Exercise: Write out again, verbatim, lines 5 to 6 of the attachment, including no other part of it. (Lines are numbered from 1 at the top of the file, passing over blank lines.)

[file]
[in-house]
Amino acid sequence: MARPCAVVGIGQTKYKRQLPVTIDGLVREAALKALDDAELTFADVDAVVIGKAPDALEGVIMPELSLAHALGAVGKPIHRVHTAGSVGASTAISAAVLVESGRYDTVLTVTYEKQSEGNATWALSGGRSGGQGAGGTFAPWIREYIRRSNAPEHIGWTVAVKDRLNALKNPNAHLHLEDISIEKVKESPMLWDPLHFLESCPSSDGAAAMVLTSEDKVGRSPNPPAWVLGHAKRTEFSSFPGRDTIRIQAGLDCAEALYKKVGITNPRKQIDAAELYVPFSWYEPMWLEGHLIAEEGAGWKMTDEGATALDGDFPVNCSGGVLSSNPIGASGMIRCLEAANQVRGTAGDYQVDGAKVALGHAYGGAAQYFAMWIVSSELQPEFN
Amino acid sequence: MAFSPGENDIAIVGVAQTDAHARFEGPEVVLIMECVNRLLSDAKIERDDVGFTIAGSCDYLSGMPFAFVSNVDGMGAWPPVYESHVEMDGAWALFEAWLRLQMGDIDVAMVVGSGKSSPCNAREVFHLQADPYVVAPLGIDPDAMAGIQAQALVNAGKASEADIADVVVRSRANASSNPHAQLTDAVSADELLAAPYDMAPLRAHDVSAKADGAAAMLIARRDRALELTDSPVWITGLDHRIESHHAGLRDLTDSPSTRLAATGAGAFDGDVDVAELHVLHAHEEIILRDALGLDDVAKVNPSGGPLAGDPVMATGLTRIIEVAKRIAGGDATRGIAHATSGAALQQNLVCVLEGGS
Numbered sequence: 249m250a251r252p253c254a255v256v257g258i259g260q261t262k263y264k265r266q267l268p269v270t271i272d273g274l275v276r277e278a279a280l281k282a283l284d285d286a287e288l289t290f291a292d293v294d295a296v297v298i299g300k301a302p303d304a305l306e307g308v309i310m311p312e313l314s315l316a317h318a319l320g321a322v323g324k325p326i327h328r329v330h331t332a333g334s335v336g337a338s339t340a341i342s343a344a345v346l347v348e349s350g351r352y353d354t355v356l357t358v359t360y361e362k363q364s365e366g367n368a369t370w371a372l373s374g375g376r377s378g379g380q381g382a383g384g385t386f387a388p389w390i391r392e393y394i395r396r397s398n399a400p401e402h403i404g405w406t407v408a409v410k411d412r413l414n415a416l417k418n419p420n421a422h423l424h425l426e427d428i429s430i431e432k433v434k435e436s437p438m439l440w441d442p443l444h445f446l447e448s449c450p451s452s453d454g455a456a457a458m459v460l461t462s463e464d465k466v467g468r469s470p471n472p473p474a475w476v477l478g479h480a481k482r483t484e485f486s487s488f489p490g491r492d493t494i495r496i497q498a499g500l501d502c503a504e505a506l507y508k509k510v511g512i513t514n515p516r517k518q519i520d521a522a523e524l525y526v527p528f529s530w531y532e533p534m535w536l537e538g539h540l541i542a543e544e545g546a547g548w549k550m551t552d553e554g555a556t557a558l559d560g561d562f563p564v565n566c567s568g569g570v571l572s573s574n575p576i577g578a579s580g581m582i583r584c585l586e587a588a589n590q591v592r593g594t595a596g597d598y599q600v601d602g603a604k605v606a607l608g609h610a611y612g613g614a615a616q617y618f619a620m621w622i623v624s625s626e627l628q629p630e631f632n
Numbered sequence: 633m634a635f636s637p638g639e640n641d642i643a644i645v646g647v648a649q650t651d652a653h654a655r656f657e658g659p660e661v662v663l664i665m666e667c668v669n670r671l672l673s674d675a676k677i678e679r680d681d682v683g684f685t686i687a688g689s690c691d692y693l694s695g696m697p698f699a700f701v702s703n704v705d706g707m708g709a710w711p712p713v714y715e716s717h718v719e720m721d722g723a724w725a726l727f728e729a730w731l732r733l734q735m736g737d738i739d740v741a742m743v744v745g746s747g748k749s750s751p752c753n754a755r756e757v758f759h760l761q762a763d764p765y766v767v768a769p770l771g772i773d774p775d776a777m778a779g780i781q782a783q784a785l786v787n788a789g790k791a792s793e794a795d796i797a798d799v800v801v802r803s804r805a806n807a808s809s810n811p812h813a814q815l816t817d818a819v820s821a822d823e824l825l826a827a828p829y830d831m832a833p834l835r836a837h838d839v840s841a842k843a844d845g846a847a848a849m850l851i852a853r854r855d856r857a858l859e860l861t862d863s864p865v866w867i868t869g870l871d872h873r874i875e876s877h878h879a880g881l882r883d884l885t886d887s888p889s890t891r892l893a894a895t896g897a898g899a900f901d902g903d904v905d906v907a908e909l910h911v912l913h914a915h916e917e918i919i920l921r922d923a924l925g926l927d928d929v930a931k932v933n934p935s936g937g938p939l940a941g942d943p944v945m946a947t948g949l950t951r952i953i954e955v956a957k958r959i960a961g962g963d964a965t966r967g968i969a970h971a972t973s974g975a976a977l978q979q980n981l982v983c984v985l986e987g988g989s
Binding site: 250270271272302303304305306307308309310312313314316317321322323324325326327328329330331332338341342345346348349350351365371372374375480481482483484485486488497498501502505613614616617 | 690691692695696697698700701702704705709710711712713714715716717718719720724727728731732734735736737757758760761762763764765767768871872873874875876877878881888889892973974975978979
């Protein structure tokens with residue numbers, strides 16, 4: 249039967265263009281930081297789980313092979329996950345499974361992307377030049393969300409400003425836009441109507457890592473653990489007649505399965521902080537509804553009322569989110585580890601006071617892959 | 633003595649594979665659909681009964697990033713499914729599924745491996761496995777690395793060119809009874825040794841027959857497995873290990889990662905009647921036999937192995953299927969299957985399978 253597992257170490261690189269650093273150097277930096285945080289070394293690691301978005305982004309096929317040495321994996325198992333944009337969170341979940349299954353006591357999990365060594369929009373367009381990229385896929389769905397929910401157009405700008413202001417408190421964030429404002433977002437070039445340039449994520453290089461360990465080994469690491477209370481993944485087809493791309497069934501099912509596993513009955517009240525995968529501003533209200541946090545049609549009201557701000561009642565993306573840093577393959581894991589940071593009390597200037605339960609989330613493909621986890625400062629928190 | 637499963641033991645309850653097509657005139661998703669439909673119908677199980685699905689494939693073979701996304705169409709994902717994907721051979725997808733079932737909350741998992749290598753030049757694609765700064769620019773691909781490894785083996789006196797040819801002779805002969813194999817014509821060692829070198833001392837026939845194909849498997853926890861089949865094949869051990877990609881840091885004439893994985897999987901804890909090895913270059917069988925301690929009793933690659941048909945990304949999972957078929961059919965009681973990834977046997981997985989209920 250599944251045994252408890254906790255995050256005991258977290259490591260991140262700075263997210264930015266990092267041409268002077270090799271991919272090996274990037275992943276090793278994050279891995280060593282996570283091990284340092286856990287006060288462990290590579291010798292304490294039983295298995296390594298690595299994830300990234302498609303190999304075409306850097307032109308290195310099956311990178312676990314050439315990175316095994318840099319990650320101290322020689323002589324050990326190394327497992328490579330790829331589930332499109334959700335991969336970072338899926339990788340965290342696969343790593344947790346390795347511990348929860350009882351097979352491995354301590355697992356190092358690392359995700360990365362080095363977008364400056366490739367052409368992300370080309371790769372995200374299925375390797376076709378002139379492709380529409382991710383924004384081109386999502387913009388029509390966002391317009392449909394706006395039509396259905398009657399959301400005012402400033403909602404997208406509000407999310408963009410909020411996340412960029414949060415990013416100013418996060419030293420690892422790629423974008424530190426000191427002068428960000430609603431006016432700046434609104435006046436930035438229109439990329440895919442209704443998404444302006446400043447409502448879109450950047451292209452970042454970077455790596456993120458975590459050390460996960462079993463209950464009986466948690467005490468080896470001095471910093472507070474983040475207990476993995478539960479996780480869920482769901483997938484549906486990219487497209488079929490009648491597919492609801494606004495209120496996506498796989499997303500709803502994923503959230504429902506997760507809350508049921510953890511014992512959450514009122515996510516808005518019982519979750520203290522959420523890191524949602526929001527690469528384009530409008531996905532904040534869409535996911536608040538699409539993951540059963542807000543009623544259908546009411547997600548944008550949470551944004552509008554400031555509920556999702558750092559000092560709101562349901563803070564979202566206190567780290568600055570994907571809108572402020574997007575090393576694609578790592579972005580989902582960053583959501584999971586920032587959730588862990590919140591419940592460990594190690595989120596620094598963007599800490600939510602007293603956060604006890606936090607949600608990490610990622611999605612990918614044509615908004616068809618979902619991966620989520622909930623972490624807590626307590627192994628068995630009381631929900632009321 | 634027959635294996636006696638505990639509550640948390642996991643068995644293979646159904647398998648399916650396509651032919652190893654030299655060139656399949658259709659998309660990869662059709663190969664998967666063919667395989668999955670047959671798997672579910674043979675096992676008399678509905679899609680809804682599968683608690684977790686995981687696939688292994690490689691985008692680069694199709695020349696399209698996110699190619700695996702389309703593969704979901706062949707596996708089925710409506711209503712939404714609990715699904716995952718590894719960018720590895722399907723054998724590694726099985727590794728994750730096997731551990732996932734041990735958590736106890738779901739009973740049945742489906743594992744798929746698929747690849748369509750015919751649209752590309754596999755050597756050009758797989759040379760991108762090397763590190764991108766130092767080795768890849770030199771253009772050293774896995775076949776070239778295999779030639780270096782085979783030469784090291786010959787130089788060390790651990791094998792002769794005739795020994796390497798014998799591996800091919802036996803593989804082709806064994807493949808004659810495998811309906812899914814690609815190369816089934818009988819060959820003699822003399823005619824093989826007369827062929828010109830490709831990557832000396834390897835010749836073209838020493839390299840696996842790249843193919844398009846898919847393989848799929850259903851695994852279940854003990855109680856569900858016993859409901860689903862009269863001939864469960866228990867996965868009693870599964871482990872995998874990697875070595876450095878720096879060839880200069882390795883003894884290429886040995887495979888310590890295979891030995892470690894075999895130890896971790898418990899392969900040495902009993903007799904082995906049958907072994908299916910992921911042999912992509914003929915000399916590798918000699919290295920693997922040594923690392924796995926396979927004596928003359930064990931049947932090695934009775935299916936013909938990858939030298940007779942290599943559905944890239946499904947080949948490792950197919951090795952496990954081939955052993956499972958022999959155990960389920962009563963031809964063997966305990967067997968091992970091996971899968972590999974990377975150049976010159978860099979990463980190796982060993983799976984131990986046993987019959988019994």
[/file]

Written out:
Numbered sequence: 633m634a635f636s637p638g639e640n641d642i643a644i645v646g647v648a649q650t651d652a653h654a655r656f657e658g659p660e661v662v663l664i665m666e667c668v669n670r671l672l673s674d675a676k677i678e679r680d681d682v683g684f685t686i687a688g689s690c691d692y693l694s695g696m697p698f699a700f701v702s703n704v705d706g707m708g709a710w711p712p713v714y715e716s717h718v719e720m721d722g723a724w725a726l727f728e729a730w731l732r733l734q735m736g737d738i739d740v741a742m743v744v745g746s747g748k749s750s751p752c753n754a755r756e757v758f759h760l761q762a763d764p765y766v767v768a769p770l771g772i773d774p775d776a777m778a779g780i781q782a783q784a785l786v787n788a789g790k791a792s793e794a795d796i797a798d799v800v801v802r803s804r805a806n807a808s809s810n811p812h813a814q815l816t817d818a819v820s821a822d823e824l825l826a827a828p829y830d831m832a833p834l835r836a837h838d839v840s841a842k843a844d845g846a847a848a849m850l851i852a853r854r855d856r857a858l859e860l861t862d863s864p865v866w867i868t869g870l871d872h873r874i875e876s877h878h879a880g881l882r883d884l885t886d887s888p889s890t891r892l893a894a895t896g897a898g899a900f901d902g903d904v905d906v907a908e909l910h911v912l913h914a915h916e917e918i919i920l921r922d923a924l925g926l927d928d929v930a931k932v933n934p935s936g937g938p939l940a941g942d943p944v945m946a947t948g949l950t951r952i953i954e955v956a957k958r959i960a961g962g963d964a965t966r967g968i969a970h971a972t973s974g975a976a977l978q979q980n981l982v983c984v985l986e987g988g989s
Binding site: 250270271272302303304305306307308309310312313314316317321322323324325326327328329330331332338341342345346348349350351365371372374375480481482483484485486488497498501502505613614616617 | 690691692695696697698700701702704705709710711712713714715716717718719720724727728731732734735736737757758760761762763764765767768871872873874875876877878881888889892973974975978979